Workplace Bullying and the Role Restorative Practices Can Play in Preventing and Addressing the Problem
This article builds on my previous work on K-12 bullying and bullying in college and universities. Much like school bullying, workplace bullying, including violence and harassment, disrupts individuals and the companies for which they work. Currently, companies, policymakers and academics around the world struggle with the best approach for addressing this inappropriate behavior. In a recent article, Professor David Yamada invited academics and practitioners to consider how therapeutic jurisprudence may impact the problem of workplace bullying. Accepting Professor Yamada’s invitation to join in this dialogue, I urge companies and policymakers that seek guidance on this issue to look to forward-thinking schools and juvenile justice systems that incorporate restorative principles and practices. These institutions report positive results and less problem behavior after using restorative practices. Companies likewise can benefit from using restorative practices when addressing bullying.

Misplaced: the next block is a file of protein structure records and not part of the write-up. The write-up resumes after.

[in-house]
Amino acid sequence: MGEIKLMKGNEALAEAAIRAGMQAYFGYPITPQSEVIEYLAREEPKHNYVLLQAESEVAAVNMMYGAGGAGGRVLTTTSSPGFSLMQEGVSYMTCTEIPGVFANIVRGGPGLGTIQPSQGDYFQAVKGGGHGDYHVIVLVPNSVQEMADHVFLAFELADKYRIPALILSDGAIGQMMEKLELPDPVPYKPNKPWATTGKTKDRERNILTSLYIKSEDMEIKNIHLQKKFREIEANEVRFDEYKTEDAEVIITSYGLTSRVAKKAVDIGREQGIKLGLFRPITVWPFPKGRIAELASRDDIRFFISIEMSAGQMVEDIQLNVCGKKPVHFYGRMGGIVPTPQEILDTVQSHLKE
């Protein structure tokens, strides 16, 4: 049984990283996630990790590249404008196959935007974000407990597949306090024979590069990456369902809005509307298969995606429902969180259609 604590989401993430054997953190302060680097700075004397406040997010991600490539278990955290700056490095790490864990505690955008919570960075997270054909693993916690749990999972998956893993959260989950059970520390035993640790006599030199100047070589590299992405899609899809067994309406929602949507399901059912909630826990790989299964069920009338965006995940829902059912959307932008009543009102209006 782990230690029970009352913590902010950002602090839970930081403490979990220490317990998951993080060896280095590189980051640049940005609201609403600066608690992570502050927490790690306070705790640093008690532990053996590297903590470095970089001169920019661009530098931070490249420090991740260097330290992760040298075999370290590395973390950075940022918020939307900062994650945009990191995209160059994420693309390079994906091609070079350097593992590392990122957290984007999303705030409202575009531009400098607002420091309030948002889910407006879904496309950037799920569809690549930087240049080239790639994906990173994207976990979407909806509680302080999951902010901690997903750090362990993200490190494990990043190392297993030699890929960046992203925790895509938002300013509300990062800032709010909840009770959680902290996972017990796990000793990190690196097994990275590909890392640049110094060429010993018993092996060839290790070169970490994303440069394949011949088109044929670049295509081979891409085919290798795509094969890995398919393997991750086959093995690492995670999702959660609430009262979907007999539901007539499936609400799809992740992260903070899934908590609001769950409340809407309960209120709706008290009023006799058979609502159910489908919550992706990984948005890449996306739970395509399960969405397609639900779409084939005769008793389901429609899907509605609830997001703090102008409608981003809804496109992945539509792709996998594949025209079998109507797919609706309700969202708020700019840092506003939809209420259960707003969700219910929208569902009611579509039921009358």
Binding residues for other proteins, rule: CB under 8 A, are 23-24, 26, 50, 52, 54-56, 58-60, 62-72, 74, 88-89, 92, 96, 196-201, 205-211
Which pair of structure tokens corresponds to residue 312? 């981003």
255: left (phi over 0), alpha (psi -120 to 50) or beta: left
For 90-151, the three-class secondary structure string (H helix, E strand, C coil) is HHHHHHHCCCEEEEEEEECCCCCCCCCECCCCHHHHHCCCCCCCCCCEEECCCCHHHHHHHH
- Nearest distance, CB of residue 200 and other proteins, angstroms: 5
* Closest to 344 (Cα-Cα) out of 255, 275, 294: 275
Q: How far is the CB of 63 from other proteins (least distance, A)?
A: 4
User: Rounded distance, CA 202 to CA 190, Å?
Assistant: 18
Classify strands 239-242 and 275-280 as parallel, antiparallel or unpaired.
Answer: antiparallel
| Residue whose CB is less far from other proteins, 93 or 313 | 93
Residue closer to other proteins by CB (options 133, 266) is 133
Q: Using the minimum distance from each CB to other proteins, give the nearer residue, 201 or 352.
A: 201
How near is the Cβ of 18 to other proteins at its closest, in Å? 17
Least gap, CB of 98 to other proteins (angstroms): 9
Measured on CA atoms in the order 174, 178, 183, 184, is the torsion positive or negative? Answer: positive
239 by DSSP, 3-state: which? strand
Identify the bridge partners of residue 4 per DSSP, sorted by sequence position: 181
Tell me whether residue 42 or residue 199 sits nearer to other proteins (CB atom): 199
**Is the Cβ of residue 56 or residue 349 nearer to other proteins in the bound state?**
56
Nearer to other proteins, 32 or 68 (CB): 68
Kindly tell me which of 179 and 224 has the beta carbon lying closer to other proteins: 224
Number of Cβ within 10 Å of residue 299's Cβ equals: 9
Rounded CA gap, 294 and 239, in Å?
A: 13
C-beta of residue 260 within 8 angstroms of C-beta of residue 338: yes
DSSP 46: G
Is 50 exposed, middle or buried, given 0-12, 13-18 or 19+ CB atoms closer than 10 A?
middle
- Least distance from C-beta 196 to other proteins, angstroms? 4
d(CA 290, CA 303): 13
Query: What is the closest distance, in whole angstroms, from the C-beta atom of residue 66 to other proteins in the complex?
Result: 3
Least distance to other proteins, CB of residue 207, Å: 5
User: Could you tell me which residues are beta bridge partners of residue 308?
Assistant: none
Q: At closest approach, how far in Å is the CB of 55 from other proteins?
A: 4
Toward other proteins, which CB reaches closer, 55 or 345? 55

This article documents the prevalence of workplace bullying and the human and capital costs of such behavior. The article then briefly describes the concept of restorative practices and analyzes the benefits and opportunities the approach would have in the context of workplace bullying. The final section of the article explores potential roadblocks to implementing restorative practices in the workplace and concludes by offering concrete ideas on future steps companies and policymakers should take to implement restorative practices.
Susan H. Duncan. 2011. "Workplace Bullying and the Role Restorative Practices Can Play in Preventing and Addressing the Problem" ExpressO
Available at: http://works.bepress.com/susan_kosse/23